This past Friday, the Church of Jesus Christ of Latter-day Saints released a statement on immigration law. They clarify the position they took recently in Utah and made it more general for application in other states and federally.
I want to look at a few key points and expound upon them.
As a matter of policy, The Church of Jesus Christ of Latter-day Saints discourages its members from entering any country without legal documentation, and from deliberately overstaying legal travel visas.
As members of the church, we are bound to obey the laws of the land as outlined in the Twelfth Article of Faith. However, we still hold the right to change laws we consider unjust or over broad. Often, this requires people to deliberately disobey them. I would think that in the case of immigration law, there is some room for civil disobedience.
The history of mass expulsion or mistreatment of individuals or families is cause for concern especially where race, culture, or religion are involved. This should give pause to any policy that contemplates targeting any one group, particularly if that group comes mostly from one heritage.
Here, the Church is clearly coming out against laws such as those passed in Arizona and Oklahoma that would make it simple to profile and specifically target those of a Hispanic heritage. These laws are wrong on many levels. Mainly, they treat those of Hispanic heritage differently than those of Asian, European or African descent. Secondly, it adds an undue burden on those Hispanics who are either citizens or here legally to prove they are legal residents or citizens. Thus treating them differently than other legal residents or citizens.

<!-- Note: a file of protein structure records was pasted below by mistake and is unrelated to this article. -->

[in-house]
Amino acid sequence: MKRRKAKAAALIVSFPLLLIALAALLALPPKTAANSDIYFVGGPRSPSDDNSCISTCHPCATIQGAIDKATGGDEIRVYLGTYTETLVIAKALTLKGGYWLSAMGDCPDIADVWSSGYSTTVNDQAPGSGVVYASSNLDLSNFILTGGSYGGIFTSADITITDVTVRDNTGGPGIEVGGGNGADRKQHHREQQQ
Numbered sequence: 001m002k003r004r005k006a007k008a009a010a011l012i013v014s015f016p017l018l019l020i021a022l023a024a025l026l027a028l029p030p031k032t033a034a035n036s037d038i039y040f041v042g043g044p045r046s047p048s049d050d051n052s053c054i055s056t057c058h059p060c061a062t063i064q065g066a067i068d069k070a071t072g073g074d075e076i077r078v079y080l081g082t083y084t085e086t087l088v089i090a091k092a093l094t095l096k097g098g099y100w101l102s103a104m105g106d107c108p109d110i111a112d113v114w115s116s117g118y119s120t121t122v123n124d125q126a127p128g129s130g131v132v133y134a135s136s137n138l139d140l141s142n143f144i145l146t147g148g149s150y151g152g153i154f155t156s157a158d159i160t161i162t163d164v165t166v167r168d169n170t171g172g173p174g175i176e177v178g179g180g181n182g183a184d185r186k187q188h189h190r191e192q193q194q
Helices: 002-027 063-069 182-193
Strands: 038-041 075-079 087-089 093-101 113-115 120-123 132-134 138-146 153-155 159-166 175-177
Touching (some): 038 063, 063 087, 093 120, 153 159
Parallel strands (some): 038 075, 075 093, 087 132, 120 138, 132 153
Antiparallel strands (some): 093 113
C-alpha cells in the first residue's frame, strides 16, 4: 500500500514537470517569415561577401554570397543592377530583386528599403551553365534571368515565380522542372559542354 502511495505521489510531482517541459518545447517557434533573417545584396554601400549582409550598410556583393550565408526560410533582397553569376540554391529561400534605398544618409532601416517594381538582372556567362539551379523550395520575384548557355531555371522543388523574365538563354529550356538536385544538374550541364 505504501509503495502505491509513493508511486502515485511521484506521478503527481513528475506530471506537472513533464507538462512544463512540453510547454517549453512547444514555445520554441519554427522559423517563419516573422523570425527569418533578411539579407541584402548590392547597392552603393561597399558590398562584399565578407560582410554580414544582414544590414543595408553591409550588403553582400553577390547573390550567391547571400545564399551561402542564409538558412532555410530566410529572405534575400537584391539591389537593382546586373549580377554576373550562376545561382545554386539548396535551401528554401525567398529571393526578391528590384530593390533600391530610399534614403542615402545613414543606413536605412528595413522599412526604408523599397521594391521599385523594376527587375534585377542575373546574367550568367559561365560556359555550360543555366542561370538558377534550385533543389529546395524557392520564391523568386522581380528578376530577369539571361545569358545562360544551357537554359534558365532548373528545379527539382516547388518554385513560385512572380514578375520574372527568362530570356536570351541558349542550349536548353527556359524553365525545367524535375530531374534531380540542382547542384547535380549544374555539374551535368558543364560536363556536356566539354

As those on all sides of the immigration debate in the United States have noted, this issue is one that must ultimately be resolved by the federal government.
This is something I have noted several times in debates over Oklahoma’s recent immigration laws. We will get no where if we attempt to create 50 different laws regulating immigrants. The Constitution gives only the Federal Government authority to regulate the immigration of foreign citizens. The states should not be involved except in lobbying the Federal Government in immigration matters.
The Church supports an approach where undocumented immigrants are allowed to square themselves with the law and continue to work without this necessarily leading to citizenship.
This squares almost exactly with the Libertarian view on what to do with those who are currently hear illegally.
For those workers already in the United States illegally, we can avoid “amnesty” and still offer a pathway out of the underground economy. Newly legalized workers can be assessed fines and back taxes and serve probation befitting the misdemeanor they’ve committed. They can be required to take their place at the back of the line should they eventually apply for permanent residency. (Issues: Immigration)
It is almost impossible to fix the current illegal immigration problems without actually changing the laws. If we have 12 million people breaking the law, is that a problem with the people or with the law itself? That is the question that many people in the immigration debate gloss over or ignore entirely.
I would hope that as more Latter-day Saints, and other US citizens, accept the views on immigration expressed in this press release, we will come to real reform in this nation.